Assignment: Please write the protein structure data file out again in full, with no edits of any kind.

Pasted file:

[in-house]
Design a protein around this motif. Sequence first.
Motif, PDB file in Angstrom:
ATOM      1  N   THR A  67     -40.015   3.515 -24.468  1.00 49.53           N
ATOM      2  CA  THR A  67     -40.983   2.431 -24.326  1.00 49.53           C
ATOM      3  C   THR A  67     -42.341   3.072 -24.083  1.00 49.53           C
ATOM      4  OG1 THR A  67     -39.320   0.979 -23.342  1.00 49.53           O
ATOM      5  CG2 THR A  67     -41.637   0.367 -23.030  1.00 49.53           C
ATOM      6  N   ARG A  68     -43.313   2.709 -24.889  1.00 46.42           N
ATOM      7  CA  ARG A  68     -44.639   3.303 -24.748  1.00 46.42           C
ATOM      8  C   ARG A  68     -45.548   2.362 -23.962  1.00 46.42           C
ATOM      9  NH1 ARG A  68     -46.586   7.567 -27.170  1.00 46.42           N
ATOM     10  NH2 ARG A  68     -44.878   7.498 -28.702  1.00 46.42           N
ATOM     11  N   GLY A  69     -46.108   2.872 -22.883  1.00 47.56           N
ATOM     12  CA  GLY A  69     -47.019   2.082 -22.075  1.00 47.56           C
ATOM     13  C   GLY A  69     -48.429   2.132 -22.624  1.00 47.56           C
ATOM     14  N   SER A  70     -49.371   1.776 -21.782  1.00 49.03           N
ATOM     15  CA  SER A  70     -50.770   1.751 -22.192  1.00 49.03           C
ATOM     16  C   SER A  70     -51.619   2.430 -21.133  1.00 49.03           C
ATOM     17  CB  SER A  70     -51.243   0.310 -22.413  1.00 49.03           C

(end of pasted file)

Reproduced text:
[in-house]
Design a protein around this motif. Sequence first.
Motif, PDB file in Angstrom:
ATOM      1  N   THR A  67     -40.015   3.515 -24.468  1.00 49.53           N
ATOM      2  CA  THR A  67     -40.983   2.431 -24.326  1.00 49.53           C
ATOM      3  C   THR A  67     -42.341   3.072 -24.083  1.00 49.53           C
ATOM      4  OG1 THR A  67     -39.320   0.979 -23.342  1.00 49.53           O
ATOM      5  CG2 THR A  67     -41.637   0.367 -23.030  1.00 49.53           C
ATOM      6  N   ARG A  68     -43.313   2.709 -24.889  1.00 46.42           N
ATOM      7  CA  ARG A  68     -44.639   3.303 -24.748  1.00 46.42           C
ATOM      8  C   ARG A  68     -45.548   2.362 -23.962  1.00 46.42           C
ATOM      9  NH1 ARG A  68     -46.586   7.567 -27.170  1.00 46.42           N
ATOM     10  NH2 ARG A  68     -44.878   7.498 -28.702  1.00 46.42           N
ATOM     11  N   GLY A  69     -46.108   2.872 -22.883  1.00 47.56           N
ATOM     12  CA  GLY A  69     -47.019   2.082 -22.075  1.00 47.56           C
ATOM     13  C   GLY A  69     -48.429   2.132 -22.624  1.00 47.56           C
ATOM     14  N   SER A  70     -49.371   1.776 -21.782  1.00 49.03           N
ATOM     15  CA  SER A  70     -50.770   1.751 -22.192  1.00 49.03           C
ATOM     16  C   SER A  70     -51.619   2.430 -21.133  1.00 49.03           C
ATOM     17  CB  SER A  70     -51.243   0.310 -22.413  1.00 49.03           C